A sendoff for Pittsburgh City Paper’s longtime arts editor Bill O’Driscoll | Opinion | Pittsburgh | Pittsburgh City Paper

A sendoff for Pittsburgh City Paper’s longtime arts editor Bill O’Driscoll

This is a sad week for us here at City Paper. After spending the past 1,100 or so moons with this organization, arts Editor Bill O’Driscoll is packing up his desk and moving on. Starting Monday, he will be the arts and culture reporter at WESA. 

I would say he’s their “new” arts and culture reporter, but Bill’s been covering this beat for so long, it would be an insult to imply otherwise. 

I found out who Bill was when I started working at City Paper’s former rival, In Pittsburgh back at the turn of the century. I was writing a story about the surge in local MMA fighters (it was still illegal in Pennsylvania). I was told that about 18 months before I did my story Bill had done one entitled, “I Know Why the Caged Man Swings.” “Screw that,” I thought: Mine, entitled the “Fine Art of Ass-Kicking” was way better. 

Today, I can finally admit, it wasn’t. The fact is, Bill is one of the best writers in this city, bar none. Not that I’m going out on a limb. Ask just about anyone who’s read his work, and they’ll confirm that. I admire Bill for his longevity here, not simply because of the length of time but because of a work ethic that has never waned. He gives the same effort today as he always has. 

Here we are, four days away from his departure and he’s helping us out by planning out his section for the next few weeks. But, I’m not surprised. It’s the kind of person he is, the kind of coworker he is and the kind of leader he is. He’s taught me a lot in the past 13 years and he will be missed.

But enough of all that sappy crap. This column was to thank Bill for his contributions to this paper. And to do that, I thought I’d share my favorite stories written by Bill over the years.

“Bill Dorsey’s Blues” (Feb. 1, 2007)

This 7,000-word story focused on Bill Dorsey, a former blues singer of whom the great John Lee Hooker once said, “That blind boy’s up there singing his ass off. He’s something else.” When Bill spent time with him, he was living a modest life in the Hill District and using his beautiful voice to make a living singing on street corners. Bill wrote: “Dorsey professes to shun show business. He says his brief experiences with managers have gone poorly. He also treasures his independence; as a street singer, he can choose his own material — these days, he mostly sings gospel — and avoid conflicts with, say, irresponsible bandmates.”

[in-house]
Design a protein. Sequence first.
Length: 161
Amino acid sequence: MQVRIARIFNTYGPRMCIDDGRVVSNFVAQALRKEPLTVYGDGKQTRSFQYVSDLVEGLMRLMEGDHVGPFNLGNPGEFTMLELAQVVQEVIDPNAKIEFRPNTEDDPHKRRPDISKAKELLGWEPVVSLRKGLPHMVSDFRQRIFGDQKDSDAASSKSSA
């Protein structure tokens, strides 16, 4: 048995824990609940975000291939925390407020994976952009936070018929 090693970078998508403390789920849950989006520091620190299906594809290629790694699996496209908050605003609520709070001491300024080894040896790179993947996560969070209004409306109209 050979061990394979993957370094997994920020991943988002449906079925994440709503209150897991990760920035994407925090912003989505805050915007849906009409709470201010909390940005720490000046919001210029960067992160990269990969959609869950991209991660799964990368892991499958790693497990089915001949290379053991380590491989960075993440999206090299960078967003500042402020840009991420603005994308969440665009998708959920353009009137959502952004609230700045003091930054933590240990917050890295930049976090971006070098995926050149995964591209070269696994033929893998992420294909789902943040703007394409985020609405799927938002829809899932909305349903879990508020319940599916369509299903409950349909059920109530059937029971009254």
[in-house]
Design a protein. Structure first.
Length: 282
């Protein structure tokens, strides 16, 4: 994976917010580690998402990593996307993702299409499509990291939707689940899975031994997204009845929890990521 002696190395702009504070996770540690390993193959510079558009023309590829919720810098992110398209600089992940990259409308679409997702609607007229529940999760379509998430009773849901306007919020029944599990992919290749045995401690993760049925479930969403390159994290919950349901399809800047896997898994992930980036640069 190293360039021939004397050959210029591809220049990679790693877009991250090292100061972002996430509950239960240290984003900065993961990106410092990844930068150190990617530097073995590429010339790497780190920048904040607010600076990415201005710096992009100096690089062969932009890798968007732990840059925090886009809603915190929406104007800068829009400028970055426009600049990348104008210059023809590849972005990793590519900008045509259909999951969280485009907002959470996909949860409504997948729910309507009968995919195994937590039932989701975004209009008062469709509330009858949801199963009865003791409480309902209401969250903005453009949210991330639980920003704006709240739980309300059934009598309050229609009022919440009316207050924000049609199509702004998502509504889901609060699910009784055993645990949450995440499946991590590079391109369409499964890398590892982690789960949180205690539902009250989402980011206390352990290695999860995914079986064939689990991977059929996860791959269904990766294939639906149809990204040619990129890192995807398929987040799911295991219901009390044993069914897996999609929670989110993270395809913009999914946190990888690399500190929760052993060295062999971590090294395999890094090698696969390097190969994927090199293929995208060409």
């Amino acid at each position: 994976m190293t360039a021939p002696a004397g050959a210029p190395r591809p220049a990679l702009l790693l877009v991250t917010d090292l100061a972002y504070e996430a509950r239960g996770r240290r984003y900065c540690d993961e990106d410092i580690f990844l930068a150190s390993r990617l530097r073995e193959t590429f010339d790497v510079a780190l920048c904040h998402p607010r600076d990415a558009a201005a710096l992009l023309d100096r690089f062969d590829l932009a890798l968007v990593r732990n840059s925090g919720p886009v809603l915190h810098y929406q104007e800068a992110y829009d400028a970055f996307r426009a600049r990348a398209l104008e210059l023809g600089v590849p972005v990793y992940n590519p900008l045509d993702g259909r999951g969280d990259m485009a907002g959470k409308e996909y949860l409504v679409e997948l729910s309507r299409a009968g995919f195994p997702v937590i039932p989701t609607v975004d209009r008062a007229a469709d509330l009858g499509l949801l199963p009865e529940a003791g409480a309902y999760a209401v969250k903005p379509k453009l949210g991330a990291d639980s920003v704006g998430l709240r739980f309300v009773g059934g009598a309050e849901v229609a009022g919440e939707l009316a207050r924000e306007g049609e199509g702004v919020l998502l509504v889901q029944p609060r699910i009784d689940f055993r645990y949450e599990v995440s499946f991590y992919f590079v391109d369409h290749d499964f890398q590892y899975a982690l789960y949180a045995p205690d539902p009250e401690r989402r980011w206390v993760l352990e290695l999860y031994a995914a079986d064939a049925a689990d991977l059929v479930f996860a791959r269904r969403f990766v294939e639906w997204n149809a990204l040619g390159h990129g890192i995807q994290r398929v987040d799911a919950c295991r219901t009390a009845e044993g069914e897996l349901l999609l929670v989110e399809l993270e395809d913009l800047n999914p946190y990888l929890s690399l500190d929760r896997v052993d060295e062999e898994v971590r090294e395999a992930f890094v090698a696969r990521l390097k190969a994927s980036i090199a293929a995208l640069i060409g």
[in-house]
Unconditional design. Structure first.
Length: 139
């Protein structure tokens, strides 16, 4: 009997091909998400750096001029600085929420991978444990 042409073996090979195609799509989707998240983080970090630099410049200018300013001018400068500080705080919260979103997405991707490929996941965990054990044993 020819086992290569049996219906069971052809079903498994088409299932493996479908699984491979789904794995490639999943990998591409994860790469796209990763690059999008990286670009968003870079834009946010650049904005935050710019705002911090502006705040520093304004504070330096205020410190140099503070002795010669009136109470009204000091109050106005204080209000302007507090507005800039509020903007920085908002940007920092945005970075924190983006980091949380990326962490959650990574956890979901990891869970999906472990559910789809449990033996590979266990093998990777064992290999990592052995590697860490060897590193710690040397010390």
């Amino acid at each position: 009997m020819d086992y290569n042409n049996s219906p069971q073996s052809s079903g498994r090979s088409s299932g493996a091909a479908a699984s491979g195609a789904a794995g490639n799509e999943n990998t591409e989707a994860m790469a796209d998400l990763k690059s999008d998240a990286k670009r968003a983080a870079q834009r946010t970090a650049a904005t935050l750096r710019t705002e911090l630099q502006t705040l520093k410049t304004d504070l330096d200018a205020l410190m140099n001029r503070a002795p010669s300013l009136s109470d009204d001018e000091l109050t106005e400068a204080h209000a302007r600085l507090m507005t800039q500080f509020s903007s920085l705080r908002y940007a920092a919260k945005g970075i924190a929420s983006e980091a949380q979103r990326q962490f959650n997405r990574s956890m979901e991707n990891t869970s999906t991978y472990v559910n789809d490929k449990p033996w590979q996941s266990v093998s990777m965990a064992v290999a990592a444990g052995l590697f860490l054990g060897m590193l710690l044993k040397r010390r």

“There Will Be Crud” (April 23, 2009)

Long before people really started talking about the dangers of fracking, Bill went to Washington County to tell the story of landowner Ron Gulla. He had signed an agreement to let Range Resources extract gas from underneath his 141 acres. What he got, he said, was contaminated well water, sediment in his fish pond that killed the inhabitants, and a piece of land that used to be beautiful. Lamented Gulla, “Once you lease, you’ve just signed your life away.”

“Building a Movement” (June 12, 2008)

When I think about Bill, I think about arts, culture and the environment. One thing I never thought of was parkour. Long before shows like American Ninja Warrior brought the sport into the spotlight, Bill was running around with a bunch of these young athletes, who themselves were running around, climbing up walls and all kinds of silly stuff. He traveled to Columbus to see athletes from all over the country, including Pittsburgh, take part in the small, but rapidly growing, sport. Said one: “It’s not a game. It’s something you want to do for life.”

My last selection isn’t a very long story. In fact, in some respects, it was kind of a throwaway. Often, we do stories offering new ideas to make the city better. Usually they’re things that have worked elsewhere, and the city’s decision-makers roundly dismiss them. But on Jan. 6, 2011, Bill wrote a story that began with a simple question: “If sharing works for cars, why not bikes?” It was apparently a great question because two years later, Mayor Luke Ravenstahl decided to bring the program to Pittsburgh. Lucky for us all, someone must have read him Bill’s story.